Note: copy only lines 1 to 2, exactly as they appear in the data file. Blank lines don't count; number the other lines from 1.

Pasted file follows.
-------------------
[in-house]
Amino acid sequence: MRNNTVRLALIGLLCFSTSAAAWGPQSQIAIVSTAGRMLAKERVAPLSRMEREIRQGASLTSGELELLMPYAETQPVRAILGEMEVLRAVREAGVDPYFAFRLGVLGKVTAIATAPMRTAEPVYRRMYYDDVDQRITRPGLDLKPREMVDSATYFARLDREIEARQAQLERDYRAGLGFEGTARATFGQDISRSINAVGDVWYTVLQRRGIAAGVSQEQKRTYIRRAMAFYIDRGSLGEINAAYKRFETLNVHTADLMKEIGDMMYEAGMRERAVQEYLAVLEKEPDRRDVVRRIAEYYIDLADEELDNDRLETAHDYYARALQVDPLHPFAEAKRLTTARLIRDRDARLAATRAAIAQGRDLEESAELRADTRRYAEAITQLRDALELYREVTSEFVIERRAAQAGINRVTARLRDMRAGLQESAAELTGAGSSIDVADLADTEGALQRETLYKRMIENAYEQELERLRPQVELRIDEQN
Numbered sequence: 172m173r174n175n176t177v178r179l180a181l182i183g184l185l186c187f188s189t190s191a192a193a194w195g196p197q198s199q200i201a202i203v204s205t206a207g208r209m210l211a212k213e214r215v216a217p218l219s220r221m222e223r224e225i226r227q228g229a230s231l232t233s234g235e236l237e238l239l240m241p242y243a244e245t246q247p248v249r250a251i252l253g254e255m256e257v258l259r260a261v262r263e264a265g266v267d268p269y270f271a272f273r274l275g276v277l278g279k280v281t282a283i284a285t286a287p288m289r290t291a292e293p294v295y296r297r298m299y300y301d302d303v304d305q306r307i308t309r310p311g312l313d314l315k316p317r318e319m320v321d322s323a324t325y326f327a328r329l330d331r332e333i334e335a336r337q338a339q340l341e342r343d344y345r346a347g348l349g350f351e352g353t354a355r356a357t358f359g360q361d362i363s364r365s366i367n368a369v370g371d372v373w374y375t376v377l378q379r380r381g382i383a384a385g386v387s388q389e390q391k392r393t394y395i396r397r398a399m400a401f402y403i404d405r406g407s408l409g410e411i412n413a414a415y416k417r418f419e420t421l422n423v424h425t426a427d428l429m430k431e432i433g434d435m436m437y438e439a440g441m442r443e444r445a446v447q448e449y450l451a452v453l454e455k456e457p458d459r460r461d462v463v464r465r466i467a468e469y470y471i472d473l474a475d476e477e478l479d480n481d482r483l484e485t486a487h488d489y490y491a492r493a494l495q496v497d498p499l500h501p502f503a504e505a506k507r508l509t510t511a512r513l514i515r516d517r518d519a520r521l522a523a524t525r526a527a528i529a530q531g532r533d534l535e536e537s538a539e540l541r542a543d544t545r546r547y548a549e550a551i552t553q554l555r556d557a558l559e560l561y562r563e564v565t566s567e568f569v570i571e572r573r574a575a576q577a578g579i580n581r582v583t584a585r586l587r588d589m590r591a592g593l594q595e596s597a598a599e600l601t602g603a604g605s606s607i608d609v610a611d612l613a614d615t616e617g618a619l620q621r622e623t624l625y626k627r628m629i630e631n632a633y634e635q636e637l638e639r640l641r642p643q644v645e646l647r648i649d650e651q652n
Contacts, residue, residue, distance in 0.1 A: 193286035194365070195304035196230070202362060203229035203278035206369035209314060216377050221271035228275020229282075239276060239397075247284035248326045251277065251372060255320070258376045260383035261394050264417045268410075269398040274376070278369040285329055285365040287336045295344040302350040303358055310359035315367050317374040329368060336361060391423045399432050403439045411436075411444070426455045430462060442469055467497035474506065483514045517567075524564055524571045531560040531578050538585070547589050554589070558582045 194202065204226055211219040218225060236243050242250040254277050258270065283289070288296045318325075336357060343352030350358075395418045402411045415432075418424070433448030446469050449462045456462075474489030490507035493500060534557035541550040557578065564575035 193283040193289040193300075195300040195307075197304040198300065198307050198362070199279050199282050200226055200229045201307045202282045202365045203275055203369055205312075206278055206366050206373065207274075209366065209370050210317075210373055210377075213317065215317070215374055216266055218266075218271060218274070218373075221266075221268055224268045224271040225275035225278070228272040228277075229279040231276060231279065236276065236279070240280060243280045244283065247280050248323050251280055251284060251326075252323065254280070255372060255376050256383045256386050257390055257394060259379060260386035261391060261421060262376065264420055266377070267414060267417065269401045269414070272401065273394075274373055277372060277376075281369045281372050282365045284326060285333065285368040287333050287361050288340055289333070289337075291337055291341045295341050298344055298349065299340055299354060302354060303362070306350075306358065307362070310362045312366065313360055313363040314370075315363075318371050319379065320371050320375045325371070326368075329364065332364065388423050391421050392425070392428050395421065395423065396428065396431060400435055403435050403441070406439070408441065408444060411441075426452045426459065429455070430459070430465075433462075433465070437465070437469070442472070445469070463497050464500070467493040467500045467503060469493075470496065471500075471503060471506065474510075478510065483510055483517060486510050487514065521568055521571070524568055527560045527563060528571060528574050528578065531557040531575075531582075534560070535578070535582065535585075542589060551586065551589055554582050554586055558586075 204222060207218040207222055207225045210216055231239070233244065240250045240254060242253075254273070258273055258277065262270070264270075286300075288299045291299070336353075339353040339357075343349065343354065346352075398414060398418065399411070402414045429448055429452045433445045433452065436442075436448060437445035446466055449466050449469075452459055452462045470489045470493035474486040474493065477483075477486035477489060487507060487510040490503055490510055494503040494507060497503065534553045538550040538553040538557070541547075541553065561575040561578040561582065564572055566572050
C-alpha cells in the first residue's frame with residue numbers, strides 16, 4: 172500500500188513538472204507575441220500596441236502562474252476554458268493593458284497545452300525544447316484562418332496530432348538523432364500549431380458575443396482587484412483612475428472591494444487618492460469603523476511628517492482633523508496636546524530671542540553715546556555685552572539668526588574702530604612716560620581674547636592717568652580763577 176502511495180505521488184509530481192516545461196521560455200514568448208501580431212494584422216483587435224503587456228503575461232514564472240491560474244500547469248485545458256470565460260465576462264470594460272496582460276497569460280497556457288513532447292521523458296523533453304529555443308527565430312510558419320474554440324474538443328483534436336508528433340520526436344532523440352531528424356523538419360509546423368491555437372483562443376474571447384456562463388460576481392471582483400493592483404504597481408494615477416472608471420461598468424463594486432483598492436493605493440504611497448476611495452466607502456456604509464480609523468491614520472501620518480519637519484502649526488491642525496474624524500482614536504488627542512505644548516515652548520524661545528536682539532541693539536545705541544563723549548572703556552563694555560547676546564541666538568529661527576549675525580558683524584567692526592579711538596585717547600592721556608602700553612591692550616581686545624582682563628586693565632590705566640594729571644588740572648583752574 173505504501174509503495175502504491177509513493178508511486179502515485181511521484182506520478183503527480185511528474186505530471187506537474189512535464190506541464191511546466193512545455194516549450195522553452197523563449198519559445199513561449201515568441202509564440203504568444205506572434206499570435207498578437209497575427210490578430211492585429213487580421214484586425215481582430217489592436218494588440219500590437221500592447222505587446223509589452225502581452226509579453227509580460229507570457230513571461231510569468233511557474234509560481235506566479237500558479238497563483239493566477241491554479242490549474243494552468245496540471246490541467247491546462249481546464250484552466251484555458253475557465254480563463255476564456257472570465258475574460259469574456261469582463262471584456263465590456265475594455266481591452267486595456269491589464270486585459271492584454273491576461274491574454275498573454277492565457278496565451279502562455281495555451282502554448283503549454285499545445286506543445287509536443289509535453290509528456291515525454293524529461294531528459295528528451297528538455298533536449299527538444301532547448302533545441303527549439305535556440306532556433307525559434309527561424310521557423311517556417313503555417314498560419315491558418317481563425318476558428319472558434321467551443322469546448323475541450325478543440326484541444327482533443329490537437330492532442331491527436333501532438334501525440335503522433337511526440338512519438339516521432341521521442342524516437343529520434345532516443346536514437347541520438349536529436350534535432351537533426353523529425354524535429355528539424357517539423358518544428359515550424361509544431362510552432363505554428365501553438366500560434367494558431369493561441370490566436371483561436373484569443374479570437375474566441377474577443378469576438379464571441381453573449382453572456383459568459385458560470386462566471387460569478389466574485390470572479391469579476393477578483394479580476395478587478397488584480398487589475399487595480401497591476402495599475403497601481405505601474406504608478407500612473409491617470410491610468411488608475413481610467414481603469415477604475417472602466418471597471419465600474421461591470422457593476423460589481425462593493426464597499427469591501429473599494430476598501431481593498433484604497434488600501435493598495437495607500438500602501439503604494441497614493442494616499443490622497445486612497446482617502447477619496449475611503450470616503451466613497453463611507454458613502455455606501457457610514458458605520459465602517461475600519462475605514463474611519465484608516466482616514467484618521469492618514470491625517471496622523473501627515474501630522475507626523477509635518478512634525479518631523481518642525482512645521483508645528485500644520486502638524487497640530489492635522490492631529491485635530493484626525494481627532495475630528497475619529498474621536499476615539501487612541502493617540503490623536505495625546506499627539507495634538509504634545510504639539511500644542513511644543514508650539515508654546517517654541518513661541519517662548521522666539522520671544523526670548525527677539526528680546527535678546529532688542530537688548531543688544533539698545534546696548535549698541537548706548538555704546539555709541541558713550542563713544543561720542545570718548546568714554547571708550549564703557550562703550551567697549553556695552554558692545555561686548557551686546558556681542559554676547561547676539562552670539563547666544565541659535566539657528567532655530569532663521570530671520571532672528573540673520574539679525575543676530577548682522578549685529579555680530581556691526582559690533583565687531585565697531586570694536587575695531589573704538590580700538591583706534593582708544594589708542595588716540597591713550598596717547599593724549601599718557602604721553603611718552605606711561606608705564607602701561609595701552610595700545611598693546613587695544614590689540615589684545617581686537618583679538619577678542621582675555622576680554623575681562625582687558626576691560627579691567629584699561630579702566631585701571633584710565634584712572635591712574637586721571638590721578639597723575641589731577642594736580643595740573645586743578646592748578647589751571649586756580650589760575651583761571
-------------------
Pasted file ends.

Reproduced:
[in-house]
Amino acid sequence: MRNNTVRLALIGLLCFSTSAAAWGPQSQIAIVSTAGRMLAKERVAPLSRMEREIRQGASLTSGELELLMPYAETQPVRAILGEMEVLRAVREAGVDPYFAFRLGVLGKVTAIATAPMRTAEPVYRRMYYDDVDQRITRPGLDLKPREMVDSATYFARLDREIEARQAQLERDYRAGLGFEGTARATFGQDISRSINAVGDVWYTVLQRRGIAAGVSQEQKRTYIRRAMAFYIDRGSLGEINAAYKRFETLNVHTADLMKEIGDMMYEAGMRERAVQEYLAVLEKEPDRRDVVRRIAEYYIDLADEELDNDRLETAHDYYARALQVDPLHPFAEAKRLTTARLIRDRDARLAATRAAIAQGRDLEESAELRADTRRYAEAITQLRDALELYREVTSEFVIERRAAQAGINRVTARLRDMRAGLQESAAELTGAGSSIDVADLADTEGALQRETLYKRMIENAYEQELERLRPQVELRIDEQN